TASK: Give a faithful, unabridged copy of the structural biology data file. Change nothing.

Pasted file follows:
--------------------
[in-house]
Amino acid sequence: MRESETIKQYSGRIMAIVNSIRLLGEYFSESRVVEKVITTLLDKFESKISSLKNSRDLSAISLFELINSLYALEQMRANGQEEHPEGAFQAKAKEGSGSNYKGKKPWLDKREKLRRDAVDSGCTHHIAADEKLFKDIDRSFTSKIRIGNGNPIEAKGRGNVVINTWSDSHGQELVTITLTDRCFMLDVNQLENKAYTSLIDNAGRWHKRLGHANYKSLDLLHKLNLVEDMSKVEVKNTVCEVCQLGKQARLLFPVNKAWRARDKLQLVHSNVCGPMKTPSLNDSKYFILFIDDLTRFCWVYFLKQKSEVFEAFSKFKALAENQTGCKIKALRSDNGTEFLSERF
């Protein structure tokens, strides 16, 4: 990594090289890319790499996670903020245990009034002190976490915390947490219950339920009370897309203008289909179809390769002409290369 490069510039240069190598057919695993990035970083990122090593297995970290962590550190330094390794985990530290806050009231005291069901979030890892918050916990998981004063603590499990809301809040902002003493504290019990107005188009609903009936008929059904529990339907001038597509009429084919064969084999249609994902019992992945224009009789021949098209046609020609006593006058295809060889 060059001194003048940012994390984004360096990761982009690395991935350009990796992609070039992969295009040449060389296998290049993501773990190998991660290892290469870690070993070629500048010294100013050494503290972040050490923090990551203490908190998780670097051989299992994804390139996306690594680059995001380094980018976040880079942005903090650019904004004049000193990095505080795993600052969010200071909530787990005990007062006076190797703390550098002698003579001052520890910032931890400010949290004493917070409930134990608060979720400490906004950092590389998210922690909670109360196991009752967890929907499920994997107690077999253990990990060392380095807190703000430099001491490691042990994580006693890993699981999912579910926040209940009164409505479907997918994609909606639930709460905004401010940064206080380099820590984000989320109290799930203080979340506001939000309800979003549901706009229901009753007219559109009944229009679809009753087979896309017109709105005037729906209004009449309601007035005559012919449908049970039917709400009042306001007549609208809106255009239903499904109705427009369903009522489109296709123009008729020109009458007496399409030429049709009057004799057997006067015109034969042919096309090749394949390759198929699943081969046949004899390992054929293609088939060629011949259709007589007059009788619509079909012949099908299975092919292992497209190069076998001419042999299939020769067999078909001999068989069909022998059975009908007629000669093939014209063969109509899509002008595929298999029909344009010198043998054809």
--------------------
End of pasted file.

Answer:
[in-house]
Amino acid sequence: MRESETIKQYSGRIMAIVNSIRLLGEYFSESRVVEKVITTLLDKFESKISSLKNSRDLSAISLFELINSLYALEQMRANGQEEHPEGAFQAKAKEGSGSNYKGKKPWLDKREKLRRDAVDSGCTHHIAADEKLFKDIDRSFTSKIRIGNGNPIEAKGRGNVVINTWSDSHGQELVTITLTDRCFMLDVNQLENKAYTSLIDNAGRWHKRLGHANYKSLDLLHKLNLVEDMSKVEVKNTVCEVCQLGKQARLLFPVNKAWRARDKLQLVHSNVCGPMKTPSLNDSKYFILFIDDLTRFCWVYFLKQKSEVFEAFSKFKALAENQTGCKIKALRSDNGTEFLSERF
């Protein structure tokens, strides 16, 4: 990594090289890319790499996670903020245990009034002190976490915390947490219950339920009370897309203008289909179809390769002409290369 490069510039240069190598057919695993990035970083990122090593297995970290962590550190330094390794985990530290806050009231005291069901979030890892918050916990998981004063603590499990809301809040902002003493504290019990107005188009609903009936008929059904529990339907001038597509009429084919064969084999249609994902019992992945224009009789021949098209046609020609006593006058295809060889 060059001194003048940012994390984004360096990761982009690395991935350009990796992609070039992969295009040449060389296998290049993501773990190998991660290892290469870690070993070629500048010294100013050494503290972040050490923090990551203490908190998780670097051989299992994804390139996306690594680059995001380094980018976040880079942005903090650019904004004049000193990095505080795993600052969010200071909530787990005990007062006076190797703390550098002698003579001052520890910032931890400010949290004493917070409930134990608060979720400490906004950092590389998210922690909670109360196991009752967890929907499920994997107690077999253990990990060392380095807190703000430099001491490691042990994580006693890993699981999912579910926040209940009164409505479907997918994609909606639930709460905004401010940064206080380099820590984000989320109290799930203080979340506001939000309800979003549901706009229901009753007219559109009944229009679809009753087979896309017109709105005037729906209004009449309601007035005559012919449908049970039917709400009042306001007549609208809106255009239903499904109705427009369903009522489109296709123009008729020109009458007496399409030429049709009057004799057997006067015109034969042919096309090749394949390759198929699943081969046949004899390992054929293609088939060629011949259709007589007059009788619509079909012949099908299975092919292992497209190069076998001419042999299939020769067999078909001999068989069909022998059975009908007629000669093939014209063969109509899509002008595929298999029909344009010198043998054809």